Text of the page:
retail news in context, analysis with attitude

by Kevin Coupe

Michael's column this week is a message of hope and optimism.

This morning's Eye-Opener, not so much.

Because I find myself disheartened by the degree to which continued racism in this country has been on display over the past week or so.

There's Donald Sterling, the owner of the Los Angeles Clippers, who seems to bring a plantation mentality to running a sports franchise. And Cliven Bundy, the Nevada rancher accused of owing the US government a million dollars in unpaid grazing fees for letting his cattle feed on federal land, who went from not recognizing the federal government to suggesting that African-Americans might've been better off as slaves.

Disgusting.

On the other hand, while the musings of these two people were truly depressing, there was a bright side. With few exceptions, both men's attitudes were almost instantly reviled in the courtroom of public opinion. Which counts, I guess, as some sort of progress. The problem, of course, is that these guys are not alone. They just happened to have microphones thrust in their faces (whether they knew it or not).

In the case of Sterling, who apparently made racist comments about African-Americans in a conversation with his mistress that she surreptitiously recorded, the commercial impact was immediate. Mercedes Benz, Diageo, Kia Motors, Virgin America, Red Bull, Aquahydrate, CarMax and State Farm all either ended or suspended their relationship with the Clippers, citing Sterling's comments as being unacceptable.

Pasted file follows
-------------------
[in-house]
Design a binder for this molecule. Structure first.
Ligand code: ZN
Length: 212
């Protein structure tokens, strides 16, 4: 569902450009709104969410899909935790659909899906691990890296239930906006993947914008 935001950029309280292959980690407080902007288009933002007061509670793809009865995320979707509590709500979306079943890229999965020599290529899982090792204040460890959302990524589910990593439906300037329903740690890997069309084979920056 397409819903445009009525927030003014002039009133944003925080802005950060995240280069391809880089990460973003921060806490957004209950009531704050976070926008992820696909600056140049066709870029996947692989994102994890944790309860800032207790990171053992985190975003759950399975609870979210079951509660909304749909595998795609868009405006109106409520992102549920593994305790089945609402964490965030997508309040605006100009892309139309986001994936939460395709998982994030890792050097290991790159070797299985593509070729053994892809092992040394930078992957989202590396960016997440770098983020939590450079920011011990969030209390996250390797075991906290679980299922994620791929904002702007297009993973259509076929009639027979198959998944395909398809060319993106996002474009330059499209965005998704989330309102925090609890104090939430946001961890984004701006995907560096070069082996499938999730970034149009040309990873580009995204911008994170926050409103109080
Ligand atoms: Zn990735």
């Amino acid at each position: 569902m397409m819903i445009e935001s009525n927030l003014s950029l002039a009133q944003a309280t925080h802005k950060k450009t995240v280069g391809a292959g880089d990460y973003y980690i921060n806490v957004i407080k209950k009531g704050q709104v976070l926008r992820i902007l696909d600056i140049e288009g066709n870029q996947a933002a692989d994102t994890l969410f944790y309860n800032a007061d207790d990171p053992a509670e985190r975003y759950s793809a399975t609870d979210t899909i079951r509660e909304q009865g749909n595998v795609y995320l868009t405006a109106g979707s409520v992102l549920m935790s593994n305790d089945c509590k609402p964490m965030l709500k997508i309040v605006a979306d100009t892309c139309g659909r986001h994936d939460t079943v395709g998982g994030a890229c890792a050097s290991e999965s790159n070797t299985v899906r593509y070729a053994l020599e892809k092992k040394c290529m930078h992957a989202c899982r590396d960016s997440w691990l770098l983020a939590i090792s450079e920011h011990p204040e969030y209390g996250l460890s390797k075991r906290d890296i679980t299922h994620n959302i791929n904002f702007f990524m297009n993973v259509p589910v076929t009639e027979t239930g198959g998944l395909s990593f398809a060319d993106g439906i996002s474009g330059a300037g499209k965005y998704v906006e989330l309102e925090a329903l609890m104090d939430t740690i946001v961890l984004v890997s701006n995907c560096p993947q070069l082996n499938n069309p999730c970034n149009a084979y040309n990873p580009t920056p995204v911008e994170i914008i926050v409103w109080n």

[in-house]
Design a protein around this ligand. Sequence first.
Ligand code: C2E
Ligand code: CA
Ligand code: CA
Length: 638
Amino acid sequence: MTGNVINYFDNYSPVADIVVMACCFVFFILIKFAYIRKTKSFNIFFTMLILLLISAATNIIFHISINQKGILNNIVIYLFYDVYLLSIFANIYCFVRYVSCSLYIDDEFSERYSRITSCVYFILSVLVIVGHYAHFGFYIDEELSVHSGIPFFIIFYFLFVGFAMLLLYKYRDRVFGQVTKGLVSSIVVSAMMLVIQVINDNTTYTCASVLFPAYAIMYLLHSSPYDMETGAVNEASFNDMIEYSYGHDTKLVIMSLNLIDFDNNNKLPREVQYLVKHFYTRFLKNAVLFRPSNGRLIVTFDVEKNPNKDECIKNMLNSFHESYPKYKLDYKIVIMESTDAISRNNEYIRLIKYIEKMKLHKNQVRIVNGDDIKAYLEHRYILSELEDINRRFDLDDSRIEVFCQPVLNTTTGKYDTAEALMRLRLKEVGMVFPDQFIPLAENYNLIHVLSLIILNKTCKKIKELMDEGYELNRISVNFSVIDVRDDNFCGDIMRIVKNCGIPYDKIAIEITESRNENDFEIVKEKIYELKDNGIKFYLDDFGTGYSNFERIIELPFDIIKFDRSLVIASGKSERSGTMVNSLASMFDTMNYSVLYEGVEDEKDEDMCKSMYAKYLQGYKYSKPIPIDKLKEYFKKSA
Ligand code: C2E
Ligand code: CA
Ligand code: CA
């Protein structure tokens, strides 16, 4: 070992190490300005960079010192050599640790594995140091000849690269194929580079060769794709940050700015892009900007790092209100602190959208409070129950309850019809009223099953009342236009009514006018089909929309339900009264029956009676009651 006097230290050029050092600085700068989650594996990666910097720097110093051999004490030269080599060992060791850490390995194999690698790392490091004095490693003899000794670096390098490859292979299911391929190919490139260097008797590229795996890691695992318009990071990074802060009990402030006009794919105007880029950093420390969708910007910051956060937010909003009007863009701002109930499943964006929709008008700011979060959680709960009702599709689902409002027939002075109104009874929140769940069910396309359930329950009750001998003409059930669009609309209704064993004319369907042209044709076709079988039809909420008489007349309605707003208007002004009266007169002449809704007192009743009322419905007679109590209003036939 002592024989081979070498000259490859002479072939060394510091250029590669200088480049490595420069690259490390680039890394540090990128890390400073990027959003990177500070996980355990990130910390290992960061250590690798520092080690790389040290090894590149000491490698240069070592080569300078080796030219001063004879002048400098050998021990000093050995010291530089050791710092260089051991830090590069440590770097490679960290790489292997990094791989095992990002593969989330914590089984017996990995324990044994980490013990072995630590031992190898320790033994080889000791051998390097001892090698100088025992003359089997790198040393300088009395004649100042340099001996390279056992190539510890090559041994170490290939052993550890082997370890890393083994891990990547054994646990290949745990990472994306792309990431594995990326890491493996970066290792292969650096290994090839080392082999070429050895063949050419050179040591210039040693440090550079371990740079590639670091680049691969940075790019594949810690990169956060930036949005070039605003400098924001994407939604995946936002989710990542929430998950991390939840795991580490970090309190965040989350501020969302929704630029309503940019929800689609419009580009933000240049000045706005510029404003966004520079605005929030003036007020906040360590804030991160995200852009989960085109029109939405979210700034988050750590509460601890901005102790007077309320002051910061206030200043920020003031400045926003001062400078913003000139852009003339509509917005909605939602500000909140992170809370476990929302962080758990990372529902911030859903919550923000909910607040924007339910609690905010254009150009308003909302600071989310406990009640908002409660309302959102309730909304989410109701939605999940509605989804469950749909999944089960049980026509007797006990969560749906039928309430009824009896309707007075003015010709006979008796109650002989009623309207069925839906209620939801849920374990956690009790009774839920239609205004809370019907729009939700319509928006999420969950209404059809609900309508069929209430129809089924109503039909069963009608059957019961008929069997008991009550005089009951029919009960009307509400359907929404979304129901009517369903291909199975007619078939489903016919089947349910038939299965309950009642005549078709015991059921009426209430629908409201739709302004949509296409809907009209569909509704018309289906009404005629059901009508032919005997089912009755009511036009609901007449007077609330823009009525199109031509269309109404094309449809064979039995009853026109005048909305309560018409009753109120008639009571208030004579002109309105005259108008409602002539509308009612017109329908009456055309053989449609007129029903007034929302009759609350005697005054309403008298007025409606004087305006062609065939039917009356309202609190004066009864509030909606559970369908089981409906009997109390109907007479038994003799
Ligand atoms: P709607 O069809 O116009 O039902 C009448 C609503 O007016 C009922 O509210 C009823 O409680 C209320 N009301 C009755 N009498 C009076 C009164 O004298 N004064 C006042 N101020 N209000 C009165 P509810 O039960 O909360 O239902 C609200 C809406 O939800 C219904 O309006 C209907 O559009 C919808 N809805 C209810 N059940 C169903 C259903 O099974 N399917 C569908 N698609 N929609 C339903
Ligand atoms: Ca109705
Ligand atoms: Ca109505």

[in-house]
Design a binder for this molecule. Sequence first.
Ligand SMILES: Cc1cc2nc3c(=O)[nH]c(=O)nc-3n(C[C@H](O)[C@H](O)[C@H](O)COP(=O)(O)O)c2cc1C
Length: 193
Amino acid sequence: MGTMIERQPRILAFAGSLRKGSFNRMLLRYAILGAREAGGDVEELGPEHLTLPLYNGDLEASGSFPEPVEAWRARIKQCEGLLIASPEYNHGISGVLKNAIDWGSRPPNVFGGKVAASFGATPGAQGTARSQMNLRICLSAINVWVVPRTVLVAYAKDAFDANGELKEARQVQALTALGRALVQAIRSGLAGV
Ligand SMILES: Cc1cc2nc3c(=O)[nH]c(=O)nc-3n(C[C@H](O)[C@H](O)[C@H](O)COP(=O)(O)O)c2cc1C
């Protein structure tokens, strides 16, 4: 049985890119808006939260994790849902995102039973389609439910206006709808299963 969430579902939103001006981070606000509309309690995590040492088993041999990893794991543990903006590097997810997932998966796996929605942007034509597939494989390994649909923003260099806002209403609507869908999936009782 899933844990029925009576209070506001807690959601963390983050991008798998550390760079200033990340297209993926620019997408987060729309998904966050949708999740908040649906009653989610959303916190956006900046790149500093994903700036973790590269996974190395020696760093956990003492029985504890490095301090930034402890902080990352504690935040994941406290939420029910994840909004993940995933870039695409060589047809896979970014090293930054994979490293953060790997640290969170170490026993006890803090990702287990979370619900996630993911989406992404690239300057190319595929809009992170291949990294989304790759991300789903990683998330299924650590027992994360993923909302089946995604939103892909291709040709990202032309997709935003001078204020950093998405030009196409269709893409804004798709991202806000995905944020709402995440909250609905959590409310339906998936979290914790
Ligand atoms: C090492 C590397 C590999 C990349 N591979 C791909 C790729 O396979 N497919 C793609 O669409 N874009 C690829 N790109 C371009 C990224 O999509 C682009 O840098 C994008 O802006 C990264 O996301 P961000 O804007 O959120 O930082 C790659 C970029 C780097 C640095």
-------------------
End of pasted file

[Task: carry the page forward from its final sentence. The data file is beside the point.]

If there is a business lesson here, it is how fast this kind of ugly discourse becomes public. It is like a wildfire, and there's no way to tamp it down.

But somehow it seems insufficient to look at this case and take only a business lesson from it. Because there also is a much broader life lesson about the ugliness of intolerance.

As of this writing, it is impossible to know what will happen next in the Sterling case. The National Basketball Association (NBA) may be legally limited in what its responses can be; even if Sterling can be forced to sell the team, he'll make hundreds of millions of dollars from such a sale. I suspect - or hope - that even if the NBA can't do anything, market forces will work against Sterling.

Still, there are two Eye-Openers here. One is the degree to which ugly racism still exists in this country, even if it is on the fringes. And the other is the speed of response from people for whom racism and bigotry are unacceptable options.

BTW…it is worth reading a commentary about racism written by the great Kareem Abdul-Jabbar on the Time website. You can read it here.

Also…I thought that, as usual, Jon Stewart hit it out of the park last night with his treatment of Sterling, which you can watch here.
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